ARP becomes established: ARP Odyssey

Then in 1972 came the appearance of the ARP Odyssey, another iconic instrument from ARP.

The ARP Odyssey is a duophonic unit with two VCOs, most notable for its sharp sound and the versatile sound-creating possibilities that were not easily available on other small synthesizers of the time. With functions and modulation options such as oscillator sync, sample & hold, pulse width modulation, high-pass filter, and two types of envelope generator, it featured a rich array of sound-generating potential not provided by other companies.

ARP Odyssey Rev1 (1972 - 1974)

The ARP Odyssey's signal path had a major impact on synthesizer manufacturers that followed. It became the standard for subsequent eras, influencing even the polyphonic and digital synthesizers that were to come later.

ARP Odyssey Rev2 (1975 - 1976)

Like the 2600, the ARP Odyssey also experienced three different revisions over the course of its production lifetime. The white model 2000 produced during 1972—1974 is known as the Rev1, the black model 2810 produced during 1975—1976 is the Rev2, and models 2820—2823 with their black panel and orange printing produced during 1978—1981 are called Rev3. The main difference between these models was their design and their connection jacks, but also in the filter circuit that has such a great impact on the sound; this meant that different models of the ARP Odyssey would produce sounds of differing nuances.

The ARP Odyssey was acclaimed for its tight sound and sound-creating versatility, and was used by many musicians including Herbie Hancock, George Duke, John Lord, Kraftwerk, and YMO. It is responsible for many songs that remain historical classics, and giving birth to new types of music.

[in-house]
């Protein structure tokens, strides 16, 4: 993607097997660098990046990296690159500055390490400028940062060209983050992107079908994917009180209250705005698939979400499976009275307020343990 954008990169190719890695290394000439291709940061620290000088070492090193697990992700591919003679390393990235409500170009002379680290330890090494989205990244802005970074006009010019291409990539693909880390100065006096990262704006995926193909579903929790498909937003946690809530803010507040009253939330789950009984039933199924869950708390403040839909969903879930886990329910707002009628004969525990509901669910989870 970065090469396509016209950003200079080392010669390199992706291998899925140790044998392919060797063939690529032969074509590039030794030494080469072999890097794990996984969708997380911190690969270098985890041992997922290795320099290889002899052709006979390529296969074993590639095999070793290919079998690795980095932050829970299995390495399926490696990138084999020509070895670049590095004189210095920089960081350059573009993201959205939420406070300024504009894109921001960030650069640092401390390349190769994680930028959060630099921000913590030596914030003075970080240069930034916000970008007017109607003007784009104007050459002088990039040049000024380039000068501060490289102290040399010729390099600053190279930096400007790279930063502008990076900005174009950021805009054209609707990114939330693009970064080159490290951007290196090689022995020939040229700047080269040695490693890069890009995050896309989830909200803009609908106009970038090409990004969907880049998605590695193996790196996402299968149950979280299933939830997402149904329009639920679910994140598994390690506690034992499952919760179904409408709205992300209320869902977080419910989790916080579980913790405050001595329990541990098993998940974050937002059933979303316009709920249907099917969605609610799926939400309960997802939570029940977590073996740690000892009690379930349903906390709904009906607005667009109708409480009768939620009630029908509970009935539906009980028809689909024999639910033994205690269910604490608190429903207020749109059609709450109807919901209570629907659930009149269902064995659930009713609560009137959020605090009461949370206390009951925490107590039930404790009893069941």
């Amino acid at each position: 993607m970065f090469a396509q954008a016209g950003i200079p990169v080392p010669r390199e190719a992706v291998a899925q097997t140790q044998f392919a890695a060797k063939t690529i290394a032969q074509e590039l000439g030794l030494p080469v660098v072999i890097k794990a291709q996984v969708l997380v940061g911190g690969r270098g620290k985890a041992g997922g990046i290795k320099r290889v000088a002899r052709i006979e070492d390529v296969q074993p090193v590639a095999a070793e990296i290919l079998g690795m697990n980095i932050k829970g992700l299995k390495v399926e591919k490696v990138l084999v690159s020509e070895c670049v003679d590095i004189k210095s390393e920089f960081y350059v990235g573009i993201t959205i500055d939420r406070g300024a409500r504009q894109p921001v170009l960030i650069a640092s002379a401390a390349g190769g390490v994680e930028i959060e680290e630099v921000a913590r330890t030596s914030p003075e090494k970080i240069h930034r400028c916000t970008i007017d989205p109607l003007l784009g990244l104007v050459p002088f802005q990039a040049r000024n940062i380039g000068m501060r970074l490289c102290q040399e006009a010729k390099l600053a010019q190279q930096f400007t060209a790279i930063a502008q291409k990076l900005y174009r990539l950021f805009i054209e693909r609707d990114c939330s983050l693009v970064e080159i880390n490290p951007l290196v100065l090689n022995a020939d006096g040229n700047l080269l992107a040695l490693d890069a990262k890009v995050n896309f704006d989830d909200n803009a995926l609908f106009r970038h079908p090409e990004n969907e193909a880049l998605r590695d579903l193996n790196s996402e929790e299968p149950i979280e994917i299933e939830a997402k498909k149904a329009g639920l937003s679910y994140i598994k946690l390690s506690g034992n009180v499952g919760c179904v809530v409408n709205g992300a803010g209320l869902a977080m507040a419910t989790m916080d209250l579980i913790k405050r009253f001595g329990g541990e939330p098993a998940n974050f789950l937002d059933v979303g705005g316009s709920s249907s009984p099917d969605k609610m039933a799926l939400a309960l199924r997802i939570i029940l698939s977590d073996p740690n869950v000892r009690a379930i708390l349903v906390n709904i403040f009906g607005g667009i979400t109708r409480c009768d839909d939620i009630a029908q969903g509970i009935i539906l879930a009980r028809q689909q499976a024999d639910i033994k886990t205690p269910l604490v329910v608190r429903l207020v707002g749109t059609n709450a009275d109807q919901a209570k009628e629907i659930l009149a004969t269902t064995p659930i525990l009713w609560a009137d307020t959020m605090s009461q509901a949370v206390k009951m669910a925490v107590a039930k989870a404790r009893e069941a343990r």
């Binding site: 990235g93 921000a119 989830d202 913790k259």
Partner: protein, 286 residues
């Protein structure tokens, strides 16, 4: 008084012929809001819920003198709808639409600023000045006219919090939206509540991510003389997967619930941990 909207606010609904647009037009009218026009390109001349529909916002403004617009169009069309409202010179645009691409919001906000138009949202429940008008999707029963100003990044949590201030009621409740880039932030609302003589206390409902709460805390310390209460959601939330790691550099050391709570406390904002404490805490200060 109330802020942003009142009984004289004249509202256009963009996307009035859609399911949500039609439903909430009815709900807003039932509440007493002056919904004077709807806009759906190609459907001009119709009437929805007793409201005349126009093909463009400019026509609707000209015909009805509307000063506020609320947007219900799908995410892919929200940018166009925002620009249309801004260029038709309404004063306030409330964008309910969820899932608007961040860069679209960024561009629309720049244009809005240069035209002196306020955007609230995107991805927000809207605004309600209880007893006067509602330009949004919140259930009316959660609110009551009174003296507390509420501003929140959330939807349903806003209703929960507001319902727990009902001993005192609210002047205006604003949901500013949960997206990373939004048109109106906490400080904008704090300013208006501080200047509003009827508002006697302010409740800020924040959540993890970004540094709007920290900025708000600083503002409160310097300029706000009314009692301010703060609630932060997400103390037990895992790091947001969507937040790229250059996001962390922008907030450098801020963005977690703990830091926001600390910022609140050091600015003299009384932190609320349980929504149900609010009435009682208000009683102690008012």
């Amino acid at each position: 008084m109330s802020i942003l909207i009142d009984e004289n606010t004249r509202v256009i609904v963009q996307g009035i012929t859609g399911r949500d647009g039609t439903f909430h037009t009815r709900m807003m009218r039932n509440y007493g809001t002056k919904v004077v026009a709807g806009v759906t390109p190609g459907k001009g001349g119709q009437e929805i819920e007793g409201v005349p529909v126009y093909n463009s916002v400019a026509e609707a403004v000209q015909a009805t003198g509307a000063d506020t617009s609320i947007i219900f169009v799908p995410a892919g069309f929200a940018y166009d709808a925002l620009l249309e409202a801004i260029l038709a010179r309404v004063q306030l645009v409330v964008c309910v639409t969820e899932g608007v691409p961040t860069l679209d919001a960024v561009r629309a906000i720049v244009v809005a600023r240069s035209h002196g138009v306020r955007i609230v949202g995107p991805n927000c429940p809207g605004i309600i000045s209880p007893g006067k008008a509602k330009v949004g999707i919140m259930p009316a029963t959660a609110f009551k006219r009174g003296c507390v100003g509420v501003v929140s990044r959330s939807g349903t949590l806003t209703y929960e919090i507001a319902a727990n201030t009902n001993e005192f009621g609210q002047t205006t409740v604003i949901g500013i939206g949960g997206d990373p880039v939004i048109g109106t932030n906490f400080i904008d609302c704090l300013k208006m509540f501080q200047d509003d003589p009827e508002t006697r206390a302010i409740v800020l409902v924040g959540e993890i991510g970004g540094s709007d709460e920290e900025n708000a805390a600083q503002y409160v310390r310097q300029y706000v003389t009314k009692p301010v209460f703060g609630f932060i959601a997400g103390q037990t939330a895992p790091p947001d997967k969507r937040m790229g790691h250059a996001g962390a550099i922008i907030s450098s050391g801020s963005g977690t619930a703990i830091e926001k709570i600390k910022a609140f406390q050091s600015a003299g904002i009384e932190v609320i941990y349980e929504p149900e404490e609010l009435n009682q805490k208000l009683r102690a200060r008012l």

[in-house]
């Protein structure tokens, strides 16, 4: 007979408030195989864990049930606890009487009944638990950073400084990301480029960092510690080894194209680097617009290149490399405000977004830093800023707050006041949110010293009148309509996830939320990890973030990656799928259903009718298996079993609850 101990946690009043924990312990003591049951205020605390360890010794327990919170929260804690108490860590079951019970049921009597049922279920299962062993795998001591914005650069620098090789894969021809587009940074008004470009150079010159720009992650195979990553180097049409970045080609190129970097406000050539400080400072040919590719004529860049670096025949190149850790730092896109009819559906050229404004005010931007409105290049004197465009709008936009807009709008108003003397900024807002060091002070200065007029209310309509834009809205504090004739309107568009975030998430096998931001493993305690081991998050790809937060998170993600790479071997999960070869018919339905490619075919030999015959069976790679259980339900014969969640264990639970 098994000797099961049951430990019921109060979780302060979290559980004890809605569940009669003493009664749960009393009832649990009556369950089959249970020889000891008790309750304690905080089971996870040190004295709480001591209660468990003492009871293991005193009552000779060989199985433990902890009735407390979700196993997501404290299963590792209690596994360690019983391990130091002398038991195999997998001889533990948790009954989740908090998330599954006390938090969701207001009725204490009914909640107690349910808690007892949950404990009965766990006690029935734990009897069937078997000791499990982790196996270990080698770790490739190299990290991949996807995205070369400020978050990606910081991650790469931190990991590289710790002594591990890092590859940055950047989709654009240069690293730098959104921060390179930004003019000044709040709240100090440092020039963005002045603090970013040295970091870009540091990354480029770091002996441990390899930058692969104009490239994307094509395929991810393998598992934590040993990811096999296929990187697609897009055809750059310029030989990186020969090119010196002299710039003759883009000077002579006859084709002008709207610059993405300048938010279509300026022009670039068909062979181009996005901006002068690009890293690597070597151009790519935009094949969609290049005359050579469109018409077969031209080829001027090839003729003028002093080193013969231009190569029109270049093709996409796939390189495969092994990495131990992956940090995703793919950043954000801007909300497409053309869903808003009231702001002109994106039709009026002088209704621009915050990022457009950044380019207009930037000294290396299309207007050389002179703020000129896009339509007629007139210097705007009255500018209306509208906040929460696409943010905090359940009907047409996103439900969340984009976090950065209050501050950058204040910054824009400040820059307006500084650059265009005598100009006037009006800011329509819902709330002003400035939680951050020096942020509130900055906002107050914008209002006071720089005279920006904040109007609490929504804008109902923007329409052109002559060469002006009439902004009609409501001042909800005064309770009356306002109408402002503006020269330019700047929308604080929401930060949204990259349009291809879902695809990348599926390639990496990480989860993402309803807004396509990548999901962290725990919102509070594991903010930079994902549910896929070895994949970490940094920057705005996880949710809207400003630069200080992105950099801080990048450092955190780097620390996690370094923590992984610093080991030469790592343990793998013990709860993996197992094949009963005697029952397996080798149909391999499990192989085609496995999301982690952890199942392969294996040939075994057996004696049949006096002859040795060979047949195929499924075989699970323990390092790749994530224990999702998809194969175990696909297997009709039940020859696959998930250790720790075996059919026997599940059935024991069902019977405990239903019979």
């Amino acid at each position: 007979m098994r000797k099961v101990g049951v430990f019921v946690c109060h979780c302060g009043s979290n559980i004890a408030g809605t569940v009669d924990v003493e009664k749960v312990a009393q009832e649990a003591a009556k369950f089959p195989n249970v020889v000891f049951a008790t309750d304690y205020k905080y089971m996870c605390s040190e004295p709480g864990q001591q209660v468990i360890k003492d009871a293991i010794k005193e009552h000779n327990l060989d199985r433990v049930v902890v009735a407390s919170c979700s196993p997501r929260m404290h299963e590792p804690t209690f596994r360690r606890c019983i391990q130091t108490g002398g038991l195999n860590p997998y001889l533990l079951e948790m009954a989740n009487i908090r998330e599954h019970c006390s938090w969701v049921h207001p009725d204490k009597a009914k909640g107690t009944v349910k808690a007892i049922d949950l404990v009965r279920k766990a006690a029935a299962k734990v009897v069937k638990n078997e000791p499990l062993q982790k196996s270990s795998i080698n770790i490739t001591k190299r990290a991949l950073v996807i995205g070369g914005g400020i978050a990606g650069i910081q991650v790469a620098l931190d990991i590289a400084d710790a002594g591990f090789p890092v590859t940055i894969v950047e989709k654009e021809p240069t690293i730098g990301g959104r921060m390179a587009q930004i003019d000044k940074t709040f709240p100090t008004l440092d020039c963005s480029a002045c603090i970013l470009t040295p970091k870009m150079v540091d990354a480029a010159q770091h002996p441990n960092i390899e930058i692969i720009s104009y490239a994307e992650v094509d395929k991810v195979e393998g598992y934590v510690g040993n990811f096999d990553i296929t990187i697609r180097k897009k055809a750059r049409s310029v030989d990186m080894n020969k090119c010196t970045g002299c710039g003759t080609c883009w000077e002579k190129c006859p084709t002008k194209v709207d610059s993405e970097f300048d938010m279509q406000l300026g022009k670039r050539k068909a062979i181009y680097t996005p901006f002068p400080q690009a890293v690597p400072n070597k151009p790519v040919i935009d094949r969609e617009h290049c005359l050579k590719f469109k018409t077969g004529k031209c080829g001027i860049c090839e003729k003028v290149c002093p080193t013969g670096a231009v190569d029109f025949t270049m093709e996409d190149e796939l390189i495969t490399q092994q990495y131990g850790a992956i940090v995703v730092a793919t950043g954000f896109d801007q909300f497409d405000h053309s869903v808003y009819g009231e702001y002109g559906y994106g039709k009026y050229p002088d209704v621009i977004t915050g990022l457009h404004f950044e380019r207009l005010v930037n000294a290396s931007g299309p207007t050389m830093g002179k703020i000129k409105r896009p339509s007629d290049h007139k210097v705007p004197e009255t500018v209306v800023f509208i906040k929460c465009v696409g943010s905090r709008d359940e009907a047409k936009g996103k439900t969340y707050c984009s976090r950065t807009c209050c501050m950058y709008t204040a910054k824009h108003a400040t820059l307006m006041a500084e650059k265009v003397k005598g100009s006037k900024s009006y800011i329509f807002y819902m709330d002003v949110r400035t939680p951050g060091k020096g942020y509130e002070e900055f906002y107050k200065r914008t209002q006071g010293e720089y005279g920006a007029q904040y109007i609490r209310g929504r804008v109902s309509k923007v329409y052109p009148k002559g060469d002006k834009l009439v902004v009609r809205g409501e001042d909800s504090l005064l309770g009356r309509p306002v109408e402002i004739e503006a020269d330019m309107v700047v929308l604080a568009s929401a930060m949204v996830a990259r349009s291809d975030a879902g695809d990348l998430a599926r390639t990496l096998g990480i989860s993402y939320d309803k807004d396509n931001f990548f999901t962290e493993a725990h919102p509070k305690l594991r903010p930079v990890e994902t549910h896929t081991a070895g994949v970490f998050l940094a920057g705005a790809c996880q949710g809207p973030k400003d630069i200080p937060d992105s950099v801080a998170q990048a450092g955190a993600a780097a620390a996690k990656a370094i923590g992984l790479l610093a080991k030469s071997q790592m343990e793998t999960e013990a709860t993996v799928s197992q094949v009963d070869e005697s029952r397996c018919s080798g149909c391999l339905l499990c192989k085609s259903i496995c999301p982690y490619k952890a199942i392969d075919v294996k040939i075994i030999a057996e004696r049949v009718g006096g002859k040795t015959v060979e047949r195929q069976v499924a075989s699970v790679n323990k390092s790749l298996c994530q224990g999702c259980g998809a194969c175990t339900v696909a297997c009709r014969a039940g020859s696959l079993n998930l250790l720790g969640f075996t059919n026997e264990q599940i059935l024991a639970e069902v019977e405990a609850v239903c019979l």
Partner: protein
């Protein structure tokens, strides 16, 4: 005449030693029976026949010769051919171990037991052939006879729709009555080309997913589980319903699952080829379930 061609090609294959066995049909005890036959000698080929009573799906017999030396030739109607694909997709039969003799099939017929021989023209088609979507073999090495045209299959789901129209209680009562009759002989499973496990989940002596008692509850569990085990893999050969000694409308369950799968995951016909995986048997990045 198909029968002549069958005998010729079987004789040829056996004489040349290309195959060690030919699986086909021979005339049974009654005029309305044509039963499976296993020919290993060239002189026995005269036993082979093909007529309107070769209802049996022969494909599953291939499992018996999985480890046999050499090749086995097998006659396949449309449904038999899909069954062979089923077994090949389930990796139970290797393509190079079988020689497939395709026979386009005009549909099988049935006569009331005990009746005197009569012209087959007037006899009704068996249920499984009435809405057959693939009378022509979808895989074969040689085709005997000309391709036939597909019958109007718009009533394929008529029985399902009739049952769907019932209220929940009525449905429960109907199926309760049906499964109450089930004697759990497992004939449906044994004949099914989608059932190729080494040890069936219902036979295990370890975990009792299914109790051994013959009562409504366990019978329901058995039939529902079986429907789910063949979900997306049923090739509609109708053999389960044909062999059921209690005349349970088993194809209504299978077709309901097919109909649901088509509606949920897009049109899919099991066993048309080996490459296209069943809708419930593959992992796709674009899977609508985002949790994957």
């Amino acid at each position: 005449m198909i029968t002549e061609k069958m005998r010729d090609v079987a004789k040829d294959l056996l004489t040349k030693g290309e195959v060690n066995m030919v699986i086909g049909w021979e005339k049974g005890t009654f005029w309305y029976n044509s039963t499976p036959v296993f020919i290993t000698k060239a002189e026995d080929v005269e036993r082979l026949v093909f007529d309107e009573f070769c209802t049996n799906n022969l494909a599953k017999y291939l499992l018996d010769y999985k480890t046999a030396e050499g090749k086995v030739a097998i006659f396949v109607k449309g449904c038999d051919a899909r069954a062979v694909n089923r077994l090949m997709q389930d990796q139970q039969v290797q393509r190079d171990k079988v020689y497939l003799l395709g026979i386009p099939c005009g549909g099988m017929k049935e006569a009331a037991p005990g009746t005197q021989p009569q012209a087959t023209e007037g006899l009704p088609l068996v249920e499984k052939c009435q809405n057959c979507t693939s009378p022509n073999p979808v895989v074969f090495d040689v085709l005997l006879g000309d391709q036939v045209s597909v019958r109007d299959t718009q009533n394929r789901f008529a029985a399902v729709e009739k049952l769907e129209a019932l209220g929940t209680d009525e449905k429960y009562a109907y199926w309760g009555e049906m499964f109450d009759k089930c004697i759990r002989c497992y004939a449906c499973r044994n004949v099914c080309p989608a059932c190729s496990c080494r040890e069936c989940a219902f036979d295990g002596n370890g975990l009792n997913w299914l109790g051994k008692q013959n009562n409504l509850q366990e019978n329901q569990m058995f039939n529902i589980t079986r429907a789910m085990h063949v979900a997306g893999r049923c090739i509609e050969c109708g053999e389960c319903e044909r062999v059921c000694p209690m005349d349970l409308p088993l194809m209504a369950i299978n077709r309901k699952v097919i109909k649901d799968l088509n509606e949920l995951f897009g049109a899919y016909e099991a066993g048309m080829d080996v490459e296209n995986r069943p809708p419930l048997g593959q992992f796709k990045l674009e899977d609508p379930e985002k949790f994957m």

ARP Odyssey Rev3 (1978 - 1981)

The ARP Odyssey was acclaimed for its tight sound and sound-creating versatility, and was used by many musicians including Herbie Hancock, George Duke, John Lord, Kraftwerk, and YMO. It is responsible for many songs that remain historical classics, and giving birth to new types of music.

ARP expands

The favorable reception of the ARP 2600 and ARP Odyssey gave rise to a further expansion of the ARP synthesizer lineup.

A preset synth, the ARP Pro Soloist (1972) and its successor model the ARP Pro/DGX (1977) were treasured by organists who used this synth as a "third keyboard". They appreciated its easy sound switching and the way in which aftertouch could modify the sound.

ARP Pro Soloist (1972)

The ARP String Ensemble (1974) was a revolutionary model featuring fully polyphonic oscillators and a chorus unit, allowing chords to be played with a spacious sound, and was used by a very large number of musicians.

The ARP Omni (1975) and its successor the ARP Omni 2 (1977) were simple polyphonic synths that became some of ARP's best-selling models. At the time, there was a great demand for polyphony, but full-fledged polyphonic synths with an oscillator and filter for each voice were extremely large and expensive. The Omni was the answer to this problem.

ARP Omni 2 (1975)

The ARP Axxe (1975) was a scaled-down version of the Odyssey. In spite of its simple structure, it was capable of a wide range of sound creation, and its ease-of-use earned it great support. The ARP Sequencer (1976) was a 16-step analog sequencer distinctive for using the trademark ARP sliders rather than knobs for its CV settings.

ARP Axxe (1975)